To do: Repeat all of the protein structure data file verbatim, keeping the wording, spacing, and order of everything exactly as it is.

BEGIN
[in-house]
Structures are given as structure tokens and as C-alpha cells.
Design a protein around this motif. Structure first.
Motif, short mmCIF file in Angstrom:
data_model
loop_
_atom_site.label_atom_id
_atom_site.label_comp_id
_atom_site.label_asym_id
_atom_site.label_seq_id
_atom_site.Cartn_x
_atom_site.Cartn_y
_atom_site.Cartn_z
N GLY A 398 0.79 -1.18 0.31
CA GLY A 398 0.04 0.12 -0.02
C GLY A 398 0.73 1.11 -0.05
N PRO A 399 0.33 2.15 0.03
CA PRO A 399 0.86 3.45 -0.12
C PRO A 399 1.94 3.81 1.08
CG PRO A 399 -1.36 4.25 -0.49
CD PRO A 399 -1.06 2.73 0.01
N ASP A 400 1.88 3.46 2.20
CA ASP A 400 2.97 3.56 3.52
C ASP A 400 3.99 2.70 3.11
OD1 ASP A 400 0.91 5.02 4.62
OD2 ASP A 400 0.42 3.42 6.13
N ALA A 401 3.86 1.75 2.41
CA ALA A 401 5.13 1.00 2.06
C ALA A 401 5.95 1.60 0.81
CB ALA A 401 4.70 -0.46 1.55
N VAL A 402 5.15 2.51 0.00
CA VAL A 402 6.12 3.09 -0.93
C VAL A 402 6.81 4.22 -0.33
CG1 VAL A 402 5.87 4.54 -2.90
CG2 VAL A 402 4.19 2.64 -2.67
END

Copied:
[in-house]
Structures are given as structure tokens and as C-alpha cells.
Design a protein around this motif. Structure first.
Motif, short mmCIF file in Angstrom:
data_model
loop_
_atom_site.label_atom_id
_atom_site.label_comp_id
_atom_site.label_asym_id
_atom_site.label_seq_id
_atom_site.Cartn_x
_atom_site.Cartn_y
_atom_site.Cartn_z
N GLY A 398 0.79 -1.18 0.31
CA GLY A 398 0.04 0.12 -0.02
C GLY A 398 0.73 1.11 -0.05
N PRO A 399 0.33 2.15 0.03
CA PRO A 399 0.86 3.45 -0.12
C PRO A 399 1.94 3.81 1.08
CG PRO A 399 -1.36 4.25 -0.49
CD PRO A 399 -1.06 2.73 0.01
N ASP A 400 1.88 3.46 2.20
CA ASP A 400 2.97 3.56 3.52
C ASP A 400 3.99 2.70 3.11
OD1 ASP A 400 0.91 5.02 4.62
OD2 ASP A 400 0.42 3.42 6.13
N ALA A 401 3.86 1.75 2.41
CA ALA A 401 5.13 1.00 2.06
C ALA A 401 5.95 1.60 0.81
CB ALA A 401 4.70 -0.46 1.55
N VAL A 402 5.15 2.51 0.00
CA VAL A 402 6.12 3.09 -0.93
C VAL A 402 6.81 4.22 -0.33
CG1 VAL A 402 5.87 4.54 -2.90
CG2 VAL A 402 4.19 2.64 -2.67